Dietary factors modifying breast cancer risk and relation to time of intake

Airo Tsubura, Norihisa Uehara, Yasuhiko Kiyozuka, Nobuaki Shikata

Research output: Contribution to journalReview articlepeer-review

35 Citations (Scopus)


Multiple factors contribute to the development of human breast cancer. However, environmental factors, especially dietary factors, appear to have the greatest effects. Evidence obtained in epidemiological studies has been corroborated by laboratory findings. Dietary components strongly associated with breast cancer include fat and phytochemicals. A diet high in n-3 polyunsaturated fatty acid (PUFA) or monounsaturated fatty acid (MUFA) and low in n-6 PUFA is protective against breast cancer. Some phytochemicals present in fruits and vegetables are also protective. Time of intake appears to be important: lifetime protection may be achieved if one is exposed to a dietary factor that lowers breast cancer risk early in life. Synergistic and antisynergistic interactions between dietary factors can modify breast cancer risk. The available evidence suggests that breast cancer risk can be reduced by early dietary intervention.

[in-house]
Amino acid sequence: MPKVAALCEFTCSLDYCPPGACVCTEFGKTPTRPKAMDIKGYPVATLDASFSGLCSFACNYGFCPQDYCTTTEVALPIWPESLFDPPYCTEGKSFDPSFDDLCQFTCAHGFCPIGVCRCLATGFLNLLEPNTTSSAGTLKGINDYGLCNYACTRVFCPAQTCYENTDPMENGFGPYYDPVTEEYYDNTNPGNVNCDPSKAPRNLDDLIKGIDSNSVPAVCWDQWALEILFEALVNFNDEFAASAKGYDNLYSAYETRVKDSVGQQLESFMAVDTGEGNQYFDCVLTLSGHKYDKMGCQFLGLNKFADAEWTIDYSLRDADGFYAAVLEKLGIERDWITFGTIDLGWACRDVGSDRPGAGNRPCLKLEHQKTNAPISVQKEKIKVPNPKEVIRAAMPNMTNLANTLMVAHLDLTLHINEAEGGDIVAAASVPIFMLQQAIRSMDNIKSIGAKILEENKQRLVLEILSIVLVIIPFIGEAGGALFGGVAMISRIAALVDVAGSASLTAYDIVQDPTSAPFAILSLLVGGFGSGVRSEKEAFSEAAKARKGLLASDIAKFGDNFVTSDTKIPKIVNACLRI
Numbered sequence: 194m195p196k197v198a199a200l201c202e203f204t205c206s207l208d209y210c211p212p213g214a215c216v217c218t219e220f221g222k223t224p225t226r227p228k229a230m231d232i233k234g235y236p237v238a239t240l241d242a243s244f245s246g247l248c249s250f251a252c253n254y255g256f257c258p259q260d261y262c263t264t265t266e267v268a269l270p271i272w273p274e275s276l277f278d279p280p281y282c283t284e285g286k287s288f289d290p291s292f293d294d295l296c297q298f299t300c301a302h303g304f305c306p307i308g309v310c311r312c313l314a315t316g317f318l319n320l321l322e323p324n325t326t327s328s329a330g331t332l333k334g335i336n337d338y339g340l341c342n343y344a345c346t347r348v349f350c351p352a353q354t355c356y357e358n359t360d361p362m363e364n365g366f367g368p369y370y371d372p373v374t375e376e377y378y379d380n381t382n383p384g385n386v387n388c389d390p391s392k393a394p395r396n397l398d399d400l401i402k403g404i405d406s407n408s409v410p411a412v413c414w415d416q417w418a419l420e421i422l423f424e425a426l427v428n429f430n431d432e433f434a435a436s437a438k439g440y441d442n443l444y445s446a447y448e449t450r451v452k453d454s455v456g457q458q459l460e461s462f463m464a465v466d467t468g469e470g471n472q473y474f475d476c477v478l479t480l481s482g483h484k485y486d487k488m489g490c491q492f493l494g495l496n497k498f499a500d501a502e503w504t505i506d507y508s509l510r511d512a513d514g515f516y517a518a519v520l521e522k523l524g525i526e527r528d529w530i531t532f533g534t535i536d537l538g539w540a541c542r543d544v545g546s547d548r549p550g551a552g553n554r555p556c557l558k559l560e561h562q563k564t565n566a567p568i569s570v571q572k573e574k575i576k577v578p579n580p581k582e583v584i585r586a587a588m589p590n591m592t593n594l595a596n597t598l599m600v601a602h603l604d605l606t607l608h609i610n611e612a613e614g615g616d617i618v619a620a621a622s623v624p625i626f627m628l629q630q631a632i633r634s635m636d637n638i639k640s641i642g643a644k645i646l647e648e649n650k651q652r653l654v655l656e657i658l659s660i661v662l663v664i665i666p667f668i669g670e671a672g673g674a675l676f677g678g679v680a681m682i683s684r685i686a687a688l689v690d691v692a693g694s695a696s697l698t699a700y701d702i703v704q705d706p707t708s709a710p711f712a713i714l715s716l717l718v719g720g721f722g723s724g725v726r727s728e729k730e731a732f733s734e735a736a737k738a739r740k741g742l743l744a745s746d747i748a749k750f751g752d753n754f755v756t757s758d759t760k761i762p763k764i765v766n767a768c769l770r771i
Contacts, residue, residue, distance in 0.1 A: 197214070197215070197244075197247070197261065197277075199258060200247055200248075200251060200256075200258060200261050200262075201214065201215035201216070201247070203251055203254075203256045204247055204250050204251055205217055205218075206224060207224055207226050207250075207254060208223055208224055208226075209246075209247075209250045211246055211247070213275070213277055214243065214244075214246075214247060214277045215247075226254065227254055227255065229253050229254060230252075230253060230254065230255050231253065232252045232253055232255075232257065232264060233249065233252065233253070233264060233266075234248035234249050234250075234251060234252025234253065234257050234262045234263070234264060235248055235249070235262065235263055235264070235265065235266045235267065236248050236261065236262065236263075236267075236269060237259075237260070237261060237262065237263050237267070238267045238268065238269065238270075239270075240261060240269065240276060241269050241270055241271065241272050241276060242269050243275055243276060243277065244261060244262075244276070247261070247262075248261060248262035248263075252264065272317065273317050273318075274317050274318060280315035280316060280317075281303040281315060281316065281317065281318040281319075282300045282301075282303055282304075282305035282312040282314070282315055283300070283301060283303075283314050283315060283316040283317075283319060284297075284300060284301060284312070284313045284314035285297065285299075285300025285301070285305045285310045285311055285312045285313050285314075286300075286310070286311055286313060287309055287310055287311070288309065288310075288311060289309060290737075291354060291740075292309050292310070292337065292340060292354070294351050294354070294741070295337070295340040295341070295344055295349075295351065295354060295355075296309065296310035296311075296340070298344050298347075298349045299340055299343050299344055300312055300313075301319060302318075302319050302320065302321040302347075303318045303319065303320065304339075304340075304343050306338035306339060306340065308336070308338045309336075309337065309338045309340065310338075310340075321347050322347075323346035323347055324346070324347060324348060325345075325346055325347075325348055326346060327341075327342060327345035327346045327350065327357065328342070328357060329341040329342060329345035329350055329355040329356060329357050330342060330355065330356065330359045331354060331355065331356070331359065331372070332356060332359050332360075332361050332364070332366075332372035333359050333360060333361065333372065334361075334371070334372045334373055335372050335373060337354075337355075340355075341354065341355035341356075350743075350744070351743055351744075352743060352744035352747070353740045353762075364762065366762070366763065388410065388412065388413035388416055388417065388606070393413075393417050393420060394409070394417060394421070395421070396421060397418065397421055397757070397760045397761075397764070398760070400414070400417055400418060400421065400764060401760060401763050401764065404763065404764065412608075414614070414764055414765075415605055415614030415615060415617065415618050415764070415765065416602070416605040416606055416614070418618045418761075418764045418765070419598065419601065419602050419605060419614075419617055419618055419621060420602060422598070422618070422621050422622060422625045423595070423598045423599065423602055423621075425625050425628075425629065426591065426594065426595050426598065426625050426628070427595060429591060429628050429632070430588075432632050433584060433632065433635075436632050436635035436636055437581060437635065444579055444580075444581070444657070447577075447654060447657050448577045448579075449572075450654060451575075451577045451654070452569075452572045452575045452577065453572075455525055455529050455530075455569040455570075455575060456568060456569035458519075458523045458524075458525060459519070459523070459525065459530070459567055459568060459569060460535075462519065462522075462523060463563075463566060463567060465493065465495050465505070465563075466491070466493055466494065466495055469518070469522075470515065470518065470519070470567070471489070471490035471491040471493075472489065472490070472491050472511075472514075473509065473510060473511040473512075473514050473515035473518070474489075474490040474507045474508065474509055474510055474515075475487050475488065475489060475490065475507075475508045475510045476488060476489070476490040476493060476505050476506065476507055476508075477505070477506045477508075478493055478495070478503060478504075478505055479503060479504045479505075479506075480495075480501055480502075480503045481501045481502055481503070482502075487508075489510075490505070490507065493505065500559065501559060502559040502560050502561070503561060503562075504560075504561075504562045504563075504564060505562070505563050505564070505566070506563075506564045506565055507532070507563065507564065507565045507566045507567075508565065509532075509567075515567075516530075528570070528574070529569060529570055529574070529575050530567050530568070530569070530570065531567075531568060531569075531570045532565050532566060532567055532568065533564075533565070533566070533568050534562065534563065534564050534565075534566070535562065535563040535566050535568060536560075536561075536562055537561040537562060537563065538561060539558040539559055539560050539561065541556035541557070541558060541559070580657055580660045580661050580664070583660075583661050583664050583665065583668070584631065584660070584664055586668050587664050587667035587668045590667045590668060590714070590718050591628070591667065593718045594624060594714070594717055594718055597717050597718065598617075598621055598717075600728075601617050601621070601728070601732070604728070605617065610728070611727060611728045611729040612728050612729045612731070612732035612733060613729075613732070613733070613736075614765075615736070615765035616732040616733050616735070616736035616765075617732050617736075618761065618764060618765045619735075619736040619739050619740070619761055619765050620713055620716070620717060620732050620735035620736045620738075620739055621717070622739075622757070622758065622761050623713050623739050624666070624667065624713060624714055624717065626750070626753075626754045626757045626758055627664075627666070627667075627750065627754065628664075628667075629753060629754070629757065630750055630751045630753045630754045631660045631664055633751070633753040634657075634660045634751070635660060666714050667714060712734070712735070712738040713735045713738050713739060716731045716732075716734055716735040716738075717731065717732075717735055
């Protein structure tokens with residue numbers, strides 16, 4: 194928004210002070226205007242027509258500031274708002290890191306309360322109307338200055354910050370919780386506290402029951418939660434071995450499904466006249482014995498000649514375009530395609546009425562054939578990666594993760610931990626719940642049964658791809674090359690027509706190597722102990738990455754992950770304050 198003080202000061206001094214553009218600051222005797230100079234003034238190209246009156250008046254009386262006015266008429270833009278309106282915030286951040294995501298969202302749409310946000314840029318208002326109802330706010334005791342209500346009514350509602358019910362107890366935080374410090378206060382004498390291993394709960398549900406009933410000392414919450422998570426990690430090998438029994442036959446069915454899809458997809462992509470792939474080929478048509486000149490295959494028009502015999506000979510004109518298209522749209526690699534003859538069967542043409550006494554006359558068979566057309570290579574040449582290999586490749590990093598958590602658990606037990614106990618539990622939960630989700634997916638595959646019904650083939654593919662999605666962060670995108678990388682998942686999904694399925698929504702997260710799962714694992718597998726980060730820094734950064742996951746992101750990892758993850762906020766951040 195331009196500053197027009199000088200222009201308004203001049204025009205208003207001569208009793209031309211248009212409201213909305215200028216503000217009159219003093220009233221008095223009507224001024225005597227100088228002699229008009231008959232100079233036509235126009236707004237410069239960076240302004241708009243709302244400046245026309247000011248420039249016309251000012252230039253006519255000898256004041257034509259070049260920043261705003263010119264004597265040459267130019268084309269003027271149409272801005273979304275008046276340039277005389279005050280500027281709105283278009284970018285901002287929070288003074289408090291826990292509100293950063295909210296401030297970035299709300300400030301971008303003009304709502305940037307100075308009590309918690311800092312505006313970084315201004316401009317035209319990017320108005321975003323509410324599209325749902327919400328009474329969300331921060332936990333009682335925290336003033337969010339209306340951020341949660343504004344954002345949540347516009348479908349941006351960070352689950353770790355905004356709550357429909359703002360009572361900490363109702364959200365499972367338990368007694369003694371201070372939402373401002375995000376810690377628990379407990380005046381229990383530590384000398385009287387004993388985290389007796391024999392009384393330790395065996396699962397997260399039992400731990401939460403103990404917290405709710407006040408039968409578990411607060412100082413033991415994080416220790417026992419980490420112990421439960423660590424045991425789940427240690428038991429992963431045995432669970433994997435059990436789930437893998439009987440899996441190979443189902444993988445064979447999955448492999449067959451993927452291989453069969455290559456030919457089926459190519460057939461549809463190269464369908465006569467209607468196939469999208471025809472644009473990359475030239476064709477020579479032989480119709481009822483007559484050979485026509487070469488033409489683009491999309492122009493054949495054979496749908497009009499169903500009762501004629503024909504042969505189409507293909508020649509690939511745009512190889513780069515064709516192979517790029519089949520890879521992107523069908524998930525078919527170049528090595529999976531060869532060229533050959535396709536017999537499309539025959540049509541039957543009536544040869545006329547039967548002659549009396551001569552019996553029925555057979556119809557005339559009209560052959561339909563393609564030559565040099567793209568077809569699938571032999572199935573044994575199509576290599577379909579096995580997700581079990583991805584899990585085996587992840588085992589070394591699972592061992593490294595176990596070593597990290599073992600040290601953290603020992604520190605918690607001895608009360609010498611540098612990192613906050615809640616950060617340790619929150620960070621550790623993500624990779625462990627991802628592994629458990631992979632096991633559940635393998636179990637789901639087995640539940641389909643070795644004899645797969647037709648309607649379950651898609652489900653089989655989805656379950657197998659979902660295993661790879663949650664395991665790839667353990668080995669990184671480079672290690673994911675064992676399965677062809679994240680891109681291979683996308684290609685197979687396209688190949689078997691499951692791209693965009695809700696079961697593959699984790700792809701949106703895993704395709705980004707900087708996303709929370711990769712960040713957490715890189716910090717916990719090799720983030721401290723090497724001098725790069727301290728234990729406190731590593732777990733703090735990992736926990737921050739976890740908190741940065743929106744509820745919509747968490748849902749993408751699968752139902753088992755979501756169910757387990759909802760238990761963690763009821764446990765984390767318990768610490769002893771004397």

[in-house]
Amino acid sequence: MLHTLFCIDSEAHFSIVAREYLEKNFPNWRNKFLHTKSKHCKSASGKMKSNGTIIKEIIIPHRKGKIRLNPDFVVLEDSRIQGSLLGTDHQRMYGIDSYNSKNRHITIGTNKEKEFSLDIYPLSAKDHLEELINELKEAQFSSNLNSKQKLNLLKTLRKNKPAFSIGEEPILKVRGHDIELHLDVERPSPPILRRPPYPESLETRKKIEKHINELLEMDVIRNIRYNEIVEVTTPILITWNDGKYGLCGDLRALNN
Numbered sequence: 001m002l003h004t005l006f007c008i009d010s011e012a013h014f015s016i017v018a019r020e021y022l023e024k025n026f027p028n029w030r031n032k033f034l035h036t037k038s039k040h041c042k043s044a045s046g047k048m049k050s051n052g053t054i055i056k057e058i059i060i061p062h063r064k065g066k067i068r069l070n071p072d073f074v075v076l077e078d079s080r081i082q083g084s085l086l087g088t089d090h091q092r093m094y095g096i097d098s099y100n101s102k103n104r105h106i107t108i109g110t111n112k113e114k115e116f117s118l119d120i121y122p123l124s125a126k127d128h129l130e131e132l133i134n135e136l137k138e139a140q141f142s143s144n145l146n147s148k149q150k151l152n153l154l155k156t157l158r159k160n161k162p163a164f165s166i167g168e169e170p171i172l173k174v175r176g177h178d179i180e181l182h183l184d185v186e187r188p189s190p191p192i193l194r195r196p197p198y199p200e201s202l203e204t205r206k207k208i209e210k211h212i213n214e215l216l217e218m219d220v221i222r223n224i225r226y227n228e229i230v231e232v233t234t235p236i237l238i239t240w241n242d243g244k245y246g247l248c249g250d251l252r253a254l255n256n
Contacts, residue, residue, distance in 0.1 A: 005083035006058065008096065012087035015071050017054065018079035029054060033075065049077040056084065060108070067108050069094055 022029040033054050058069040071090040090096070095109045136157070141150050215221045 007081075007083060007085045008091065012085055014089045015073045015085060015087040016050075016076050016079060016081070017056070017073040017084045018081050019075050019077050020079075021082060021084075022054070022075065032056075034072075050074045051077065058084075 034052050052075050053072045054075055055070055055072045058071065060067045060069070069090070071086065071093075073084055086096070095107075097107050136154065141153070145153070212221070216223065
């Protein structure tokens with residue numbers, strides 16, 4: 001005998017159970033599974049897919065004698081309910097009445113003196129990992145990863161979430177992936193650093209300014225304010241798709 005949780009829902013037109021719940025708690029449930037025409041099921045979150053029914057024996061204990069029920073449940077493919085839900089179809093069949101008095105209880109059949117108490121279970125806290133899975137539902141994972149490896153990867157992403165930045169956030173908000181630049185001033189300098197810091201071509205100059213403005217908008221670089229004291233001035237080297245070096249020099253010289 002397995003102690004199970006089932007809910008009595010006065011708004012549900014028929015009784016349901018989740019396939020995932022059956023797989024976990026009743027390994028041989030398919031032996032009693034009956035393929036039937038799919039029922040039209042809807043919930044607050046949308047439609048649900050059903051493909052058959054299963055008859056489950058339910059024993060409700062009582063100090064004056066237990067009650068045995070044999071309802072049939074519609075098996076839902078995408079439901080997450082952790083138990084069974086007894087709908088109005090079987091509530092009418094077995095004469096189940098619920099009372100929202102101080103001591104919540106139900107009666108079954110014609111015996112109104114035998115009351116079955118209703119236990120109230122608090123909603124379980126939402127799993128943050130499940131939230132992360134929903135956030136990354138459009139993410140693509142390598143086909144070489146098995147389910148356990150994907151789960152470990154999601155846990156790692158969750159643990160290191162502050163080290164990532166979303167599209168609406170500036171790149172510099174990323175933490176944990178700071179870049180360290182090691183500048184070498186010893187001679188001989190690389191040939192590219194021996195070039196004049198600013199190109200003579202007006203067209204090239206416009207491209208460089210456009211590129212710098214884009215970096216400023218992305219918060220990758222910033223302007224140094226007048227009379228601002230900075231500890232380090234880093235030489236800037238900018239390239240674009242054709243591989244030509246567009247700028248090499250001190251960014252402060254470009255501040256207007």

Original languageEnglish
Pages (from-to)87-100
Number of pages14
JournalJournal of Mammary Gland Biology and Neoplasia
Issue number1
Publication statusPublished - Jan 2005
Externally publishedYes

All Science Journal Classification (ASJC) codes

  • Oncology
  • Cancer Research


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